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The Sweetest love story

Started by Jo McDonald, February 18, 2008, 01:56:13 PM

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Jo McDonald

The Sweetest Love Story
John Blanchard stood up from the bench, straightened his Army uniform,
and studied the crowd of people making their way through Grand Central
Station. He looked for the girl whose heart he knew, but whose face he
didn't, the girl with the rose. His interest in her had begun thirteen
months before in a Florida library. Taking a book off the shelf he
found himself intrigued, not with the words of the book, but with the
notes penciled in the margin. The soft handwriting reflected a
thoughtful soul and insightful mind. In the front of the book, he
discovered the previous owner's name, Miss Hollis Maynell. With time
and effort he located her address. She lived in New York City. He
wrote her a letter introducing himself and inviting her to correspond.

The next day he was shipped overseas for service in World War II.
During the next year and one month the two grew to know each other
through the mail. Each letter was a seed falling on a fertile heart. A
romance was budding. Blanchard requested a photograph, but she
refused. She felt that if he really cared, it wouldn't matter what she
looked like. When the day finally came for him to return from Europe,
they scheduled their first meeting - 7:00 PM at the Grand Central
Station in New York. "You'll recognize me," she wrote, "by the red
rose I'll be wearing on my lapel."

At 7:00 he was in the station looking for a girl whose heart he loved,
but whose face he'd never seen. I'll let Mr. Blanchard tell you what
happened: A young woman was coming toward me, her figure long and
slim. Her blonde hair lay back in curls from her delicate ears; her
eyes were blue as flowers. Her lips and chin had a gentle firmness,
and in her pale green suit she was like springtime come alive. I
started toward her, entirely forgetting to notice that she was not
wearing a rose. As I moved, a small, provocative smile curved her
lips. "Going my way, sailor?" she murmured. Almost uncontrollably I
made one step closer to her, and then I saw Hollis Maynell. She was
standing almost directly behind the girl. A woman well past 40, she
had graying hair tucked under a worn hat.. She was more than plump,
her thick-ankled feet thrust into low-heeled shoes. The girl in the
green suit was walking quickly away. I felt as though I was split in
two, so keen was my desire to follow her, and yet so deep was my
longing for the woman whose spirit had truly companioned me and upheld
my own.

And there she stood. Her pale, plump face was gentle and sensible, her
gray eyes had a warm and kindly twinkle. I did not hesitate. My
fingers gripped the small worn blue leather copy of the book that was
to identify me to her. This would not be love, but it would be
something precious, something perhaps even better than love, a
friendship for which I had been and must ever be grateful.

I squared my shoulders and saluted and held out the book to the woman,
even though while I spoke I felt choked by the bitterness of my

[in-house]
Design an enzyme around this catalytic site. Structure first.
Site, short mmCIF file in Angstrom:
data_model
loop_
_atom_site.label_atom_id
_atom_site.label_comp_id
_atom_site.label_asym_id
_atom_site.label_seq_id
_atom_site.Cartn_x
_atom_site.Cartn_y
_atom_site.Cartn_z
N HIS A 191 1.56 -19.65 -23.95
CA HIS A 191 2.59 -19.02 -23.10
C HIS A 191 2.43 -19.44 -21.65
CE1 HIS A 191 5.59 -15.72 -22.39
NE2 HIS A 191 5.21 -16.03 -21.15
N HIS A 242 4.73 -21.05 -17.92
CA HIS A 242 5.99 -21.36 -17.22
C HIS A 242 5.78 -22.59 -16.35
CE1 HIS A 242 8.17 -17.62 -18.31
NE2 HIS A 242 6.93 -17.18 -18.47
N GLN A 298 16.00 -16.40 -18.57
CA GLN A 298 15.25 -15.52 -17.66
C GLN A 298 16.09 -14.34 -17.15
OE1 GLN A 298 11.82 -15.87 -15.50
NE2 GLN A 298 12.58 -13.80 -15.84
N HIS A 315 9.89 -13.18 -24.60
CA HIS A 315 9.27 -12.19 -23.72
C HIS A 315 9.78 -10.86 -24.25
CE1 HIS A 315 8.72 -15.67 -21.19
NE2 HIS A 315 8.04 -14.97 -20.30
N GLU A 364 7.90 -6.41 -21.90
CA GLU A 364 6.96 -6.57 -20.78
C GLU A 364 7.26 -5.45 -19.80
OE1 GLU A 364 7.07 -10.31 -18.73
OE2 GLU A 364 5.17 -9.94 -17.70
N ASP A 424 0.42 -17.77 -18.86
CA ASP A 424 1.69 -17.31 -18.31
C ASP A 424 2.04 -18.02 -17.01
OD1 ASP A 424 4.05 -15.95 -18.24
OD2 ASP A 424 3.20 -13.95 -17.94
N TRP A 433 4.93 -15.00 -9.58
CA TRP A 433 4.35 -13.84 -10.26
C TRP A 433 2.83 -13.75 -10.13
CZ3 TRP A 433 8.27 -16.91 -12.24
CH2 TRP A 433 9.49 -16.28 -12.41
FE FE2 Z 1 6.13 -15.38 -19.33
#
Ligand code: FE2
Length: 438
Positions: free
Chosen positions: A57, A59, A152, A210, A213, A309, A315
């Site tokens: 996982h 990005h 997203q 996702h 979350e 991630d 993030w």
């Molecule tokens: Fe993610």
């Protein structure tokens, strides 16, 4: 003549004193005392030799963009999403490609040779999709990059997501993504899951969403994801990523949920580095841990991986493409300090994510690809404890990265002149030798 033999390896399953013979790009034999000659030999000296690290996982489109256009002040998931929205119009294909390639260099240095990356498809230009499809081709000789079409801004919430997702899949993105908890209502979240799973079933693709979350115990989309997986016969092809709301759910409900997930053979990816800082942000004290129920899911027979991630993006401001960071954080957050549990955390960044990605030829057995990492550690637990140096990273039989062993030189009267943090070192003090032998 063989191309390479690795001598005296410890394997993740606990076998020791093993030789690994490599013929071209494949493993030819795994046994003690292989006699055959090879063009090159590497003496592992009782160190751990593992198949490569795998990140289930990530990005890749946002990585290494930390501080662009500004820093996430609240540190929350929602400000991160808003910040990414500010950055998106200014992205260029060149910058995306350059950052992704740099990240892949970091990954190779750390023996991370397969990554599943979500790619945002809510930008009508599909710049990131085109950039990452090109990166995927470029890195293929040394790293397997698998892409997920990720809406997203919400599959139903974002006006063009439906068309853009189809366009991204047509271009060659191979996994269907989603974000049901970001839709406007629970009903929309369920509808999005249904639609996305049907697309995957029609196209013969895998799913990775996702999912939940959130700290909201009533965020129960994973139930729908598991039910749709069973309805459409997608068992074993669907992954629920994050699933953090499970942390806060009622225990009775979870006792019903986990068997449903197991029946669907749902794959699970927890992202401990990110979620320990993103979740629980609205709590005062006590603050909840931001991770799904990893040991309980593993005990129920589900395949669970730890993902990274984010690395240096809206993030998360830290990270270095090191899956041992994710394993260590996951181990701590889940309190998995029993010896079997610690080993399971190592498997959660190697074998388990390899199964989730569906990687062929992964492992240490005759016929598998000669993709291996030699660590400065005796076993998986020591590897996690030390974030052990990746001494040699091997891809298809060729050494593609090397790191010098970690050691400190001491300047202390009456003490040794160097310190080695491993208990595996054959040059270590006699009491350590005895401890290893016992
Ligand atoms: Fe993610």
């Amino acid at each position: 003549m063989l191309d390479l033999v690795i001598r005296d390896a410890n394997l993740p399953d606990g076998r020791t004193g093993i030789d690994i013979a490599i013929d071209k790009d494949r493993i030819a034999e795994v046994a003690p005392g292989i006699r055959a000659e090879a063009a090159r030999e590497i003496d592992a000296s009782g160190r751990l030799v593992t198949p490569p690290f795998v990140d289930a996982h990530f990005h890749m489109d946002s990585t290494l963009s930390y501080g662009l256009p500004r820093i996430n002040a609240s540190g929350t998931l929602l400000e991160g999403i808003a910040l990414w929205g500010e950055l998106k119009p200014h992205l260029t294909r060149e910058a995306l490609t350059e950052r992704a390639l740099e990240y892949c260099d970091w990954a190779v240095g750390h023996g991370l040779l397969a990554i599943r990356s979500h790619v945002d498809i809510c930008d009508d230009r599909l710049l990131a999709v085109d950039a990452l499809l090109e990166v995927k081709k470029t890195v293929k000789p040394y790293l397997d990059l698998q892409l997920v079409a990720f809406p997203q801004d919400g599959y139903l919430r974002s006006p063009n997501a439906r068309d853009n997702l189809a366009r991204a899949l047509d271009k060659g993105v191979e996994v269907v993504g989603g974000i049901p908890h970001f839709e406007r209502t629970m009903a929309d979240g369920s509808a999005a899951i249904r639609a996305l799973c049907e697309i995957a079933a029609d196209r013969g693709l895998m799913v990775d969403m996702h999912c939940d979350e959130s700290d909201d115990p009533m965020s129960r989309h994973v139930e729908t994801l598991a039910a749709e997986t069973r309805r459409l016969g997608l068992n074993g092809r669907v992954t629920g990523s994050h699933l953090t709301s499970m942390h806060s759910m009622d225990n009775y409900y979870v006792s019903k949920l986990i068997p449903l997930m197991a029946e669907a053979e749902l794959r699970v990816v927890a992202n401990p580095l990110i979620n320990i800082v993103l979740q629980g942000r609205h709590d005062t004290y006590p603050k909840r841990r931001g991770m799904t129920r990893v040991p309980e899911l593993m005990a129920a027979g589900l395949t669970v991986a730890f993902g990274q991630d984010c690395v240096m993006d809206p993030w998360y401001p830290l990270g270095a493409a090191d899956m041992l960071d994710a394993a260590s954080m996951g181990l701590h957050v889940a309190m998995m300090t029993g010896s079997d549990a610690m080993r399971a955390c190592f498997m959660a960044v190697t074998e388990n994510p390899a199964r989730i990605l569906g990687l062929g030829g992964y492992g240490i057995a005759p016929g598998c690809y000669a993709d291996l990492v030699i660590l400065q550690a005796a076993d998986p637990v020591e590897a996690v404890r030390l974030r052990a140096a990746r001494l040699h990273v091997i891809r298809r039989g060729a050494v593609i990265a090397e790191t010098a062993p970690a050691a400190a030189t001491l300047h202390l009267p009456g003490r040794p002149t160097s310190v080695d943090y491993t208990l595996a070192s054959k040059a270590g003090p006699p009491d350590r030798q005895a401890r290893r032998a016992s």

disappointment. "I'm Lieutenant John Blanchard, and you must be Miss
Maynell. I am so glad you could meet me; may I take you to dinner?"
The woman's face broadened into a tolerant smile. "I don't know what
this is about, son," she answered, "but the young lady in the green
suit who just went by, she begged me to wear this rose on my coat. And
she said if you were to ask me out to dinner, I should go and tell you
that she is waiting for you in the big restaurant across the street.
She said it was some kind of test!"

It's not difficult to understand and admire Miss Maynell's wisdom. The
true nature of a heart is seen in its response to the unattractive.
"Tell me whom you love," Houssaye wrote, "And I will tell you who you




Judy Harder

Thanks Jo......that did my heart good.......Plus the tear ducts!!!
I would love to expierence  a love like that.
Oh well.......maybe next life.

Today, I want to make a difference.
Here I am Lord, use me!

Bonnie M.

This is a great story, Jo.

Did anyone happen to see "Extreme Makeover" last night, on ABC?  My sister, Patsy, lives in the Dallas area, so the show was on a couple of hours ahead of out here oin "California time."  Patsy sent me two e-mails during the two hour show, saying that we really should be watching the show, so when it came on at 8:00, we did watch it.  It was the most wonderful show, and I hope others got to see it.  The young man the story was about was blind, and he was amazing.  What made me think of it, when reading about this story, was that the young man said that by being blind, he didn't develop prejudices towards people, because he couldn't see them.  He could only judge people by what he could hear, and by the way they were on the inside.  Wouldn't that be a good lesson for all of us?

Ms Bear

He was amazing.  So intelligent and talented.  His parents have done a remarkable job raising him and what a joy he must be to them.  They should be very proud of him and of themselves.

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